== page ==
The impoverished, chronically unstable country is an island and has a ‘Jammeh’ monitored coastline, literally making the country a perfect hotspot for drug smugglers. Interestingly, President Jammeh who took power of the country through a military coup in 1994 was elected in 1996, and reelected in 2001, 2006, and 2011 but lost the 2016 polls, and other high-ranking Gambian officials to include those in the Police and in the Army have been linked to different drug cartels and arms trade.
President Jammeh have been able to afford a lavish lifestyle and thus indicate that something is afoot. With a net worth of 1.8 billion dollars, Jammeh supposedly owns $10m-dollar mansions (each) in five eastern European countries and two western Europe countries, as well as $30m mansion in Morocco, huge investment in Dubai and other Middle Eastern Countries; surprisingly, all of these were made possible with less than a million dalasis annual salary.
To the real issue, President Elect Barrow’s victory speech which was centered on beaming the anti-corruption torch on Jammeh’s government was indeed a pivot that led to Jammeh’s not to relinquish powers stance. Tell me, how would you expect a dictator who has been in power for more than two decades and with strong ties to different drug cartels across the globe, the army is in his pocket and the 'west' seem to be on his side, to relinquish power.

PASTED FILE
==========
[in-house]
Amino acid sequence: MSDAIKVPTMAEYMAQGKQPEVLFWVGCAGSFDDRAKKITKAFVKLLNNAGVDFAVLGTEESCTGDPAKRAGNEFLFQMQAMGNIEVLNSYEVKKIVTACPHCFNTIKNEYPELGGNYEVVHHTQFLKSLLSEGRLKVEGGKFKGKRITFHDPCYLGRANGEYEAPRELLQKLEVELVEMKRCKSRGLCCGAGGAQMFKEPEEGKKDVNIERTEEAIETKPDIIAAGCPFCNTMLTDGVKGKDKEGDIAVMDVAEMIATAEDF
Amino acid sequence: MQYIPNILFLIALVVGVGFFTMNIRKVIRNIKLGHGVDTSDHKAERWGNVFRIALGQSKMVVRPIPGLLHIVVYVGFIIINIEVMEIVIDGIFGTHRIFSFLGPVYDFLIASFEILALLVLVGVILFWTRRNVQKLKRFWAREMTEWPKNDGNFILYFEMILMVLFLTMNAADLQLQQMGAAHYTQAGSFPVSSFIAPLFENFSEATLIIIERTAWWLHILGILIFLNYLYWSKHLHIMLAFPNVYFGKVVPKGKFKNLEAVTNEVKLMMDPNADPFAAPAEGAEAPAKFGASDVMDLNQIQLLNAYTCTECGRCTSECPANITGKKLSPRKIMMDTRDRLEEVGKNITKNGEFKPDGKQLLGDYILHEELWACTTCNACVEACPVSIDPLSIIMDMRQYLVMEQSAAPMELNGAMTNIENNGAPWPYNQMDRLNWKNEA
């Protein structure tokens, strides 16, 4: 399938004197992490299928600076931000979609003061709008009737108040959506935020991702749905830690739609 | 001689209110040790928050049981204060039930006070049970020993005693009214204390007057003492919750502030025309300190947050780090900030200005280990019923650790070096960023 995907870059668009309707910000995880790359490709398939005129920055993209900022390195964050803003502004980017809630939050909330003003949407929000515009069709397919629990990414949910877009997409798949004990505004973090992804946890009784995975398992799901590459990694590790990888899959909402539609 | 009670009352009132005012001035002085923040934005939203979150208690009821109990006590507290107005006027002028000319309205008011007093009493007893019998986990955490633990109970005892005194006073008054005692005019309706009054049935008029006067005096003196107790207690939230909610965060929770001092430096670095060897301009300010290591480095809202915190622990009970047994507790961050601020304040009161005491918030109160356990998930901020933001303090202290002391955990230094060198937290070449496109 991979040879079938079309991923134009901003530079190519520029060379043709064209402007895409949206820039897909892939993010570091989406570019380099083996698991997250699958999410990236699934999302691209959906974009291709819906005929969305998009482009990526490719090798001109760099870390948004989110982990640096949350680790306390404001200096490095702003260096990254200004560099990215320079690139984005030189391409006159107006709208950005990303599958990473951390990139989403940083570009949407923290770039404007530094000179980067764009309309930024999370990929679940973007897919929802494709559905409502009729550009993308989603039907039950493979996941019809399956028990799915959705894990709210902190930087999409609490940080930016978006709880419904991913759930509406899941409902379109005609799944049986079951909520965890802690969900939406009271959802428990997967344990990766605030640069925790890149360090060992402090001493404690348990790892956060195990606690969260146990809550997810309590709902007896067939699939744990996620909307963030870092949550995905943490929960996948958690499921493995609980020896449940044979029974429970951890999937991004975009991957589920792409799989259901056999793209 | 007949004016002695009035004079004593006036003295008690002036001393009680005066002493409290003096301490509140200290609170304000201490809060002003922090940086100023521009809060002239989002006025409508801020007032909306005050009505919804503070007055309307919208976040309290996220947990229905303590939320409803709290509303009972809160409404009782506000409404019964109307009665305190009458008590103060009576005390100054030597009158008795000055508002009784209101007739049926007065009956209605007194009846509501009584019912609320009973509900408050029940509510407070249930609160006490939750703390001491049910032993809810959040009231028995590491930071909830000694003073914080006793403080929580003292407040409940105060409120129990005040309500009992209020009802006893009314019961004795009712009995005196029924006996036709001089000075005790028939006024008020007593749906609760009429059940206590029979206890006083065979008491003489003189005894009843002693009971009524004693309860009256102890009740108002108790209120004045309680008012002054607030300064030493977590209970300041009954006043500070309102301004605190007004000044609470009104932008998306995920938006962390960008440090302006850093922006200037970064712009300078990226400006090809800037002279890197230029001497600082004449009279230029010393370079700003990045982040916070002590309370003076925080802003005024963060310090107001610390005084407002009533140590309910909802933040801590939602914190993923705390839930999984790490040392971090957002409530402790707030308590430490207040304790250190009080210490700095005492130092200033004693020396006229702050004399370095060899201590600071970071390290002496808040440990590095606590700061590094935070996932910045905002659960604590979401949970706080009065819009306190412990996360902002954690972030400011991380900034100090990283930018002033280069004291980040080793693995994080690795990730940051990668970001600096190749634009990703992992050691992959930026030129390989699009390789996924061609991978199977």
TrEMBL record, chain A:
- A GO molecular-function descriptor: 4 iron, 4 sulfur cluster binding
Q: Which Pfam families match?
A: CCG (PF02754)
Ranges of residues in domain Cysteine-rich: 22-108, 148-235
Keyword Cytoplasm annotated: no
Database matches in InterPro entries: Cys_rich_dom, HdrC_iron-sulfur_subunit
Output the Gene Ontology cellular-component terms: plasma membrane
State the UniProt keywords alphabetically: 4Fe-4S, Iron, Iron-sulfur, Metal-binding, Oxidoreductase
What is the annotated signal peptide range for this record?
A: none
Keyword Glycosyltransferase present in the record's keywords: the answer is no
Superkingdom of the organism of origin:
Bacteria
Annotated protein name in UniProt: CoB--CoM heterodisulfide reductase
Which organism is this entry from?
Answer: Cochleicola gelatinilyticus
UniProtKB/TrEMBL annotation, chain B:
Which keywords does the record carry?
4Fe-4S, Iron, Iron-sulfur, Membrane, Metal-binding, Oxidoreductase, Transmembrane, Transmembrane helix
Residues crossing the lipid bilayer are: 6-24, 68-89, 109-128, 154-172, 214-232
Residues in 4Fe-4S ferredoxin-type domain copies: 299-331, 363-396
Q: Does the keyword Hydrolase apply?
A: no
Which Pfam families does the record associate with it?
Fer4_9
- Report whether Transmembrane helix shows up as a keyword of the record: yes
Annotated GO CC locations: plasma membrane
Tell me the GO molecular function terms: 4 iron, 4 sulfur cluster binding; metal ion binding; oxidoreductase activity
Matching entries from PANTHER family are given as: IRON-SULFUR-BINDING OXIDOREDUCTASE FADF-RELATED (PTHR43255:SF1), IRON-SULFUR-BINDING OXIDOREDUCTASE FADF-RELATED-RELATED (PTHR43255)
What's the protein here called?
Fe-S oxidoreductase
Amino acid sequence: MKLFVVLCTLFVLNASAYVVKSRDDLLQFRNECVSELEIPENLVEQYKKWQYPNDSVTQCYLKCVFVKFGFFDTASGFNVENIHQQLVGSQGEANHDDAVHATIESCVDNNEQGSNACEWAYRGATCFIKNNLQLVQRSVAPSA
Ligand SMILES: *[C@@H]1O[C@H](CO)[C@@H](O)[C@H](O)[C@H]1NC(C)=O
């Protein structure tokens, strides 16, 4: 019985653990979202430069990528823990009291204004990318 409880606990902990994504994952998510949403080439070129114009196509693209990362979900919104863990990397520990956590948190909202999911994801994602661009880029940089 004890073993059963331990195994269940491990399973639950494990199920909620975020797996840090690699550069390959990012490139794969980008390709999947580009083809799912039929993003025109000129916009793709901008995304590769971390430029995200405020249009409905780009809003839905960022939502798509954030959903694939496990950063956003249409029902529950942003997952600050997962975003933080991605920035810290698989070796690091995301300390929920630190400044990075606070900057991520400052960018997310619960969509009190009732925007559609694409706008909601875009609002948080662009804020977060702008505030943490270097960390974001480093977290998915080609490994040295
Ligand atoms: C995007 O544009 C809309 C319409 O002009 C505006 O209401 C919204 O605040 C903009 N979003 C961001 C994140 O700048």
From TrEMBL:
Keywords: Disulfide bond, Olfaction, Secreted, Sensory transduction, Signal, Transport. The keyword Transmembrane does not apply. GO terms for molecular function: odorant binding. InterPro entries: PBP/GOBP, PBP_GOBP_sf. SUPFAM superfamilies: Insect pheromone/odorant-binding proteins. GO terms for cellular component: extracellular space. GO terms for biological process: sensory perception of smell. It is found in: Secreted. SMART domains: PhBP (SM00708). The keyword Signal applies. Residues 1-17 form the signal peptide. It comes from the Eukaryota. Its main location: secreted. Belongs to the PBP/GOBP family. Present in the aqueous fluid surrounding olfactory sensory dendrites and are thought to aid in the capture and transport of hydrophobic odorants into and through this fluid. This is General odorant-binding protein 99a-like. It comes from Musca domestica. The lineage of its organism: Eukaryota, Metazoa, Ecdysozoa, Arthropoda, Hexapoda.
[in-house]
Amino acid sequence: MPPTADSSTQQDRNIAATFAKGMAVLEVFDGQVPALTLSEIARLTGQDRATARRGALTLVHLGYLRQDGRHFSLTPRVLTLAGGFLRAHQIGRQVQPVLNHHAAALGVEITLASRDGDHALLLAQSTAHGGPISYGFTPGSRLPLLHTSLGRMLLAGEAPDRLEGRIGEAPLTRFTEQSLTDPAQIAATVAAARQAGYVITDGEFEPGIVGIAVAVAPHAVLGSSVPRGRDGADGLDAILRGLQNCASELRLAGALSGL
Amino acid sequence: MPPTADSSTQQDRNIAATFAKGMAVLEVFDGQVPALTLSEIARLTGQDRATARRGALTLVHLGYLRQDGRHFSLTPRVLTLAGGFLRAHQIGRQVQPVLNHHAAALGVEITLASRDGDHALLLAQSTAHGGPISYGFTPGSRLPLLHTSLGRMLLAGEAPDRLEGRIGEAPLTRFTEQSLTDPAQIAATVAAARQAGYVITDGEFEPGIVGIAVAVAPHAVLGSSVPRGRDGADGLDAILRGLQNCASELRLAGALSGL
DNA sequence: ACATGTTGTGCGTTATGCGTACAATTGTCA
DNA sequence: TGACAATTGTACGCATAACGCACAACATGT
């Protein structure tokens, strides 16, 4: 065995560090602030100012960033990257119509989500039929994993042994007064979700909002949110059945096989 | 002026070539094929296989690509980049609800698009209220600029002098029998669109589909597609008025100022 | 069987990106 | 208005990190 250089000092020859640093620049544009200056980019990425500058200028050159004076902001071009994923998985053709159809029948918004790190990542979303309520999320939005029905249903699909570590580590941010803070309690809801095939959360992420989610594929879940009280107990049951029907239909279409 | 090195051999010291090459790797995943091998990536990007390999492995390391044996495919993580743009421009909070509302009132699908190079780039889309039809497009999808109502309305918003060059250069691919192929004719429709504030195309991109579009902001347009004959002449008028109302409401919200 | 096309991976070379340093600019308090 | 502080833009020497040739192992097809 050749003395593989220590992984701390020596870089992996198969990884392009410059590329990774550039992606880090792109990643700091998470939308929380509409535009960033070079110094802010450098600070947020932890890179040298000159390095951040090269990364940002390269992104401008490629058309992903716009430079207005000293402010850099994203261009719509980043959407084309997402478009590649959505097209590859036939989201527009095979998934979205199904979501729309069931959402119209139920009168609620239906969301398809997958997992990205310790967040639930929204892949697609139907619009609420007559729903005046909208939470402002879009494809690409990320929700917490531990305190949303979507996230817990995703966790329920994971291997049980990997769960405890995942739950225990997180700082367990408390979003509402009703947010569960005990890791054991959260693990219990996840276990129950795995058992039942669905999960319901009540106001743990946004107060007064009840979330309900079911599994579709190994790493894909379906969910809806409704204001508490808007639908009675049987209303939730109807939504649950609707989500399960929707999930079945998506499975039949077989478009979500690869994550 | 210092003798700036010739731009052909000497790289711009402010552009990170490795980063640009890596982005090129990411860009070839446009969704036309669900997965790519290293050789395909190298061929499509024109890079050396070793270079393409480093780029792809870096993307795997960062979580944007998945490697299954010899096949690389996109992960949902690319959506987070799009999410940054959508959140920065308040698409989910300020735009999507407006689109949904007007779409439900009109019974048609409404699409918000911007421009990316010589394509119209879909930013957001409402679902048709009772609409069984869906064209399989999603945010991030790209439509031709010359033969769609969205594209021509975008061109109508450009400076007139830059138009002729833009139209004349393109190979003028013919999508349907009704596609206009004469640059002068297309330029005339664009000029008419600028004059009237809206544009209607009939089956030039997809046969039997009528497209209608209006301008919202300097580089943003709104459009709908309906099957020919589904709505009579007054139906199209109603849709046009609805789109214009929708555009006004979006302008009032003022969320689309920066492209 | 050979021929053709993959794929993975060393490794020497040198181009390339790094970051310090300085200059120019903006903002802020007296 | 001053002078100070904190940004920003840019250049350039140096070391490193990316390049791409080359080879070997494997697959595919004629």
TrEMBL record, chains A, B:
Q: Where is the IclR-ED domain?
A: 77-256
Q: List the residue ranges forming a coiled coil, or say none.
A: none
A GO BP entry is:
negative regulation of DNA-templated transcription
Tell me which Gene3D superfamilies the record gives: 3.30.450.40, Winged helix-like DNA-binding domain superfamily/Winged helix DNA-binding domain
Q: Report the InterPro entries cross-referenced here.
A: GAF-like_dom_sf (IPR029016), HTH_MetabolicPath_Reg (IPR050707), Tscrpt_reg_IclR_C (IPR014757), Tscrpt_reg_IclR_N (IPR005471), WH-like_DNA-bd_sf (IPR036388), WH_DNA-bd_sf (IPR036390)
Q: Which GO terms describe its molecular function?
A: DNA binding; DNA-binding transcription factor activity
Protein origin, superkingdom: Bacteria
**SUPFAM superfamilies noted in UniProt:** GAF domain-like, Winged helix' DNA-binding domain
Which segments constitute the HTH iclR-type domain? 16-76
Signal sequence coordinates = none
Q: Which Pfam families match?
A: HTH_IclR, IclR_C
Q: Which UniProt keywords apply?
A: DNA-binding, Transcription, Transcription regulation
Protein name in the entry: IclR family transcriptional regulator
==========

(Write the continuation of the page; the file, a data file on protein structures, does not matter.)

There is more to Jammeh’s decision not to leave office, but you will agree that it is not about Jammeh alone, it is more about a group of power brokers who have successfully milked the country’s treasury and controls the drug and arms trade, and are scared of being brought to book. Well, not only that Jammeh’s decision will protect the drug cartels but it will further make Gambia a safe haven for drug smugglers, arms traders and corruption and ultimately increase Jammeh's net worth.
In the situation that Jammeh fail to relinquish power after the deadline, world leaders should not hesitate to drive him through the ‘Gbagbo way’. It is very simple, infiltrate and dissolve his army like you did to Gaddafi, move military artilleries very close to the Gambian borders so that he can feel the heat, you can then move in and oust him. Well, this would pose a great danger to the Gambian people but Jammeh can not be allowed to remain in power, as against the decision of the majority of Gambians at the last polls.
Call me 'Amebo', if you like.
Gambia is in Africa.